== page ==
When we manage a flash of mercy for someone we don’t like – including ourselves – we experience a great spiritual moment, says writer Anne Lamott.
There are times in our lives – scary, unsettling times – when we know that we need help or answers but we’re not sure what kind, or even what the problem or question is. We look and look, tearing apart our lives like we’re searching for car keys in our couch, and we come up empty-handed. Then when we’re doing something stupid, like staring at the dog’s mismatched paws, we stumble across what we needed to find. Or even better, it finds us. It wasn’t what we were looking or hoping for, which was usually advice, approval, an advantage, safety or relief from pain. I was raised to seek or achieve them, but like everyone, I realized at some point that they do not bring lasting peace, relief or uplift. This does not seem fair, after a lifetime spent in their pursuit. Where, then, do I turn in these increasingly frightening days? Where do I look for answers when I’m afraid, or confused, or numb? Micah 6:8 said, “And what does the LORD require of you? To act justly and to love mercy and to walk humbly with your God”.
Just to hear the words “mercy” or “merciful” can transform the whole day, because as the old saying goes, the soul rejoices in hearing what it already knows. Something lights up in me. We know mercy is always our salvation – as we age, as our grandchildren go down the same dark streets that called to their parents, as the ice caps melt. But I wish it was something else. I wish it was being able to figure things out, at which I am very good, or to assign blame, at which I am better, or to convince people of the rightness of my ideas. I wish it was a political saviour who believes the same things I believe, who possesses the force of great moral strength that (of course) agrees with my own deepest values. But no, hope of renewal and restoration is found in the merciful fibrillating heart of the world. Maybe it would be helpful to ask what we mean when we speak or dream of mercy. Here, off the top of my head, in no particular order, are several things of which I am fairly sure.
Mercy is radical kindness. Mercy means offering or being offered aid in desperate straits. Mercy is not deserved. It involves absolving the unabsolvable, forgiving the unforgivable. Mercy brings us to the miracle of apology, given and accepted, to unashamed humility when we have erred or forgotten. Charge it to our heads and not our hearts, as the elders in black churches have long said. Mercy, grace, forgiveness and compassion are synonyms, and the approaches we might consider taking when facing a great big mess, especially the great big mess of ourselves – our arrogance, greed, poverty, disease, prejudice. It includes everything out there that just makes us sick and makes us want to turn away, the idea of accepting life as it presents itself and doing goodness anyway, the belief that love and caring are marbled even into the worst life has to offer.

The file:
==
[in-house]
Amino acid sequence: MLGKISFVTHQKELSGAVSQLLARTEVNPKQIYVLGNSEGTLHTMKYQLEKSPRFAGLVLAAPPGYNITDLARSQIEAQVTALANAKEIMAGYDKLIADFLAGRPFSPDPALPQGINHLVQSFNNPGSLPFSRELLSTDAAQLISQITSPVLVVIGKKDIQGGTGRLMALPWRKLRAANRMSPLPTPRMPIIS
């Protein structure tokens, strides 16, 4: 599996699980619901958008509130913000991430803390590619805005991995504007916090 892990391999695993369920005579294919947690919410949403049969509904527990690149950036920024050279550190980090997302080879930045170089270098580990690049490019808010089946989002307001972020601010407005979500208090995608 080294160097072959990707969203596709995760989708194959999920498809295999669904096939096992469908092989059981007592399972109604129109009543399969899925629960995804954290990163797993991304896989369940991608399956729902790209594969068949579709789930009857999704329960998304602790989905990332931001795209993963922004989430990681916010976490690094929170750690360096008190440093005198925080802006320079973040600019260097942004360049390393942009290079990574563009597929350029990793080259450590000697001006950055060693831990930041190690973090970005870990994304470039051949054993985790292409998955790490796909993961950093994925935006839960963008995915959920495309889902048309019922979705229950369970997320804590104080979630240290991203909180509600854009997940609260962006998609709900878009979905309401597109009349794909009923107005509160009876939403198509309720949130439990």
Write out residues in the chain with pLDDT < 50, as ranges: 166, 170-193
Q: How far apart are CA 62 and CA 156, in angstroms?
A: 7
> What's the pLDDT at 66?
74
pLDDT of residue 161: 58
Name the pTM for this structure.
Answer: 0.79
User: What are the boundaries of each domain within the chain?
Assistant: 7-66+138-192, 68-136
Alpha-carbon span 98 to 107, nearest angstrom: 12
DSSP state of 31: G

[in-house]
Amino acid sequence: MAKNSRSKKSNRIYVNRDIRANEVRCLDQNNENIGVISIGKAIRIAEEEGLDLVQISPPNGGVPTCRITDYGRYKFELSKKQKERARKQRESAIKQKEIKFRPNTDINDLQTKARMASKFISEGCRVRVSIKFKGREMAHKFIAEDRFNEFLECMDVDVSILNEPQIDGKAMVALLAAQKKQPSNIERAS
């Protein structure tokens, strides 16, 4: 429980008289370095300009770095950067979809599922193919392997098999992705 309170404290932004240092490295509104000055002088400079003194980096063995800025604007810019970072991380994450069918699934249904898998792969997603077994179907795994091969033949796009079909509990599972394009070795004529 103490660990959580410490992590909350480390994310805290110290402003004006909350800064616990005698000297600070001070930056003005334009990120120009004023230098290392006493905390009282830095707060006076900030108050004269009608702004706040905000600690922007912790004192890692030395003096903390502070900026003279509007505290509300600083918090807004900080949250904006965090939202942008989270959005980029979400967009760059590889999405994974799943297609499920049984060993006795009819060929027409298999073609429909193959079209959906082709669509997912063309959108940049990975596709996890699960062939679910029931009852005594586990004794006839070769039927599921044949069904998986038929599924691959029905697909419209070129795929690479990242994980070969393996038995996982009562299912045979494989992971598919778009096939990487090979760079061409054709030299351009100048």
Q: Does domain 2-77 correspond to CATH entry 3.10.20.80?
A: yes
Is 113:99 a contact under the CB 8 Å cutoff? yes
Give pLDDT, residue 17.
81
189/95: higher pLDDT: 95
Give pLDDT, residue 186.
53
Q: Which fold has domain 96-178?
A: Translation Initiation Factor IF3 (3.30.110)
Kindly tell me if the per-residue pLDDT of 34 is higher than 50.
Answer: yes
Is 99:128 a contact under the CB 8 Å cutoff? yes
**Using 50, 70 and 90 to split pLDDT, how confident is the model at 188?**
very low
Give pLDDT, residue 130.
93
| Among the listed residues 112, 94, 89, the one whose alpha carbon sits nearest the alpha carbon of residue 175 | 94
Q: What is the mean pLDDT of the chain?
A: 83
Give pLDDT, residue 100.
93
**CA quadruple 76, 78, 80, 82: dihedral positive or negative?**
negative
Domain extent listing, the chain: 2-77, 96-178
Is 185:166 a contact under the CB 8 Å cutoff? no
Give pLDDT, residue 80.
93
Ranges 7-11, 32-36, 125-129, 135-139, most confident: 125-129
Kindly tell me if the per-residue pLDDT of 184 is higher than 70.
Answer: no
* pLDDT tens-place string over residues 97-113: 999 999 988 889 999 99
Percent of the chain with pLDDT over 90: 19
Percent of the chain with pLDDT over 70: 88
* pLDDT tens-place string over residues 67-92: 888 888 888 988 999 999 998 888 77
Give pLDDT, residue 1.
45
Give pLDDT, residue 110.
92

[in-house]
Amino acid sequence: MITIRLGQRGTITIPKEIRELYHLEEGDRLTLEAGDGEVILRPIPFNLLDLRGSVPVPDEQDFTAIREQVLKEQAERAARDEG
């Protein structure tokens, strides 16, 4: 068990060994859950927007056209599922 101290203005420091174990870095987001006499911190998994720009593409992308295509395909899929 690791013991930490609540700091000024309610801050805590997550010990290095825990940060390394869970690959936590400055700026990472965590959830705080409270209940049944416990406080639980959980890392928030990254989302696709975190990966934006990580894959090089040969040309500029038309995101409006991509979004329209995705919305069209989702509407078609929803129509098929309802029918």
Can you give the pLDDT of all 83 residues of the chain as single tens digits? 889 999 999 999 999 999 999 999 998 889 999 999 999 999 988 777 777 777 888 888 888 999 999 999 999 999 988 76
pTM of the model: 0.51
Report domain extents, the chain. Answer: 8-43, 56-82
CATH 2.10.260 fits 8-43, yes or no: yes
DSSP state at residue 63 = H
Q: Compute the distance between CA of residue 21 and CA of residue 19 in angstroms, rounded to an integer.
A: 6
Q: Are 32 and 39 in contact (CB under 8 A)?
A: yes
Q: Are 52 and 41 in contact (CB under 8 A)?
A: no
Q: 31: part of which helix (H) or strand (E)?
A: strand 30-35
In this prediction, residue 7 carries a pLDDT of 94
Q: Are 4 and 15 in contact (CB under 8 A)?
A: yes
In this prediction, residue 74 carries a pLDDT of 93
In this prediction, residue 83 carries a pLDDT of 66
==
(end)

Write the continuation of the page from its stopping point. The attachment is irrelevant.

Mercy means that we soften ever so slightly, so that we don’t have to condemn others for being total shits, although they may be that. (Okay: are.) If I do so, it makes me one. As Father Ed Dowling said, sometimes heaven is just a new pair of glasses. When we put them on, we see the awful person, sometimes even ourselves, a bit more gently, and we are blessed in return. It seems, on the face of things, like a decent deal. Kindness toward others and radical kindness to ourselves buy us a shot at a warm heart, which is the greatest price of all. Do you want this, or do you want to be right? Well, can I get back to you on that? I want to want this softening, this surrender, this happiness. Can I get a partial credit for that?
The good news is that God has such low standards, and reaches out to those of us who are often not lovable and offers us a chance to come back in from the storm of drama and toxic thoughts. Augustine wrote, “Late have I loved you, o beauty ever ancient…. You were within me but I was outside.” The storm outside is just so much more enlivening, and for a writer, much better material. Plus, I can be a hero in my storm, which is where I found a sense of value as a child, as the tense little EMT in a damaged family.
When we manage a flash of mercy for someone we don’t like, especially a truly awful person, including ourselves, we experience a great spiritual moment, a new point of view that can make us gasp. It gives us the chance to rediscover something both old and original; the sweet child in us who, all evidence to the contrary, was not killed off, but just put in the drawer. I realize now how desperately, how grievously, I have needed the necessary mercy to experience self-respect. It is what a lot of us were so frantic for all along, and we never knew it. We’ve tried almost suicidally for our whole lives to shake it from the boughs of the material world’s trees. But it comes from within, from love, from the flow of the universe; from inside the cluttered drawer.
Excerpted from the new book – Hallelujah Anyway: Rediscovering Mercy by Anne Lamott.